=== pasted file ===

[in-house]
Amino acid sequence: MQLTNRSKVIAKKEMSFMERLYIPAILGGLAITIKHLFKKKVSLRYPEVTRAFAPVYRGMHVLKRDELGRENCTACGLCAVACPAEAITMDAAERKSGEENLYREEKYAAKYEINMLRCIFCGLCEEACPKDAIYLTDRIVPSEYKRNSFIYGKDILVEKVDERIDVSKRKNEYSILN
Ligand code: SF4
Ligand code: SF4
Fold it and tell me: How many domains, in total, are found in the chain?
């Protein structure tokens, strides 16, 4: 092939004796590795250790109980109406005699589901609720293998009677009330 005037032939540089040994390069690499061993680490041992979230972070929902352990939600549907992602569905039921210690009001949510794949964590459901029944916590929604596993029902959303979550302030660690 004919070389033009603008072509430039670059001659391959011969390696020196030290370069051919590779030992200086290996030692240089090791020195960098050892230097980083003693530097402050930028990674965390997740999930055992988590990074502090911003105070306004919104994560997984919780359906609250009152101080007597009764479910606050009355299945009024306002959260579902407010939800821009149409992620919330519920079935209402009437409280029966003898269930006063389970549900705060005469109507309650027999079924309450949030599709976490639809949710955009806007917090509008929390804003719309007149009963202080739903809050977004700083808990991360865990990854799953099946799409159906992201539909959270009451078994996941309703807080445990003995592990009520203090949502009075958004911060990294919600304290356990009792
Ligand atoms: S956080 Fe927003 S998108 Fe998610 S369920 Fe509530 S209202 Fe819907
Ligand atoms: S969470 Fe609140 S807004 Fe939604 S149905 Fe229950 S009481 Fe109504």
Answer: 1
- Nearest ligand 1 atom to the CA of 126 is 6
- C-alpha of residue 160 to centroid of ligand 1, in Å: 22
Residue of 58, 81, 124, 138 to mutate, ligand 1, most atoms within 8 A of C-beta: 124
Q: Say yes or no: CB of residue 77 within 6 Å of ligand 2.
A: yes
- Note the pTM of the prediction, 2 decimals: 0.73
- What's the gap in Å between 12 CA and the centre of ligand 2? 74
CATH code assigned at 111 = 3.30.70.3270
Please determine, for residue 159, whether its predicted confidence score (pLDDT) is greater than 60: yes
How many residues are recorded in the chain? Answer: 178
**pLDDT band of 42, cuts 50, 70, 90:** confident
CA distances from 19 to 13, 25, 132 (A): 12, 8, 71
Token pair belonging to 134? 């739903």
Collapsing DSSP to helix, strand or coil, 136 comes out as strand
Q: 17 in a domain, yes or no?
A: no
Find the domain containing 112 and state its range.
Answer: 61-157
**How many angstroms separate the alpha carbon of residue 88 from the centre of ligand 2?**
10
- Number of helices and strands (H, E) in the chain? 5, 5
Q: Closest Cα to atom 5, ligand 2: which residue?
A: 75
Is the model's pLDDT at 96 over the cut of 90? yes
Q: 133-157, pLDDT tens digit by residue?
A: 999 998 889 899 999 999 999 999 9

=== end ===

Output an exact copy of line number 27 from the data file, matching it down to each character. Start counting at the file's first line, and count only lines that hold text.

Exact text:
Answer: 61-157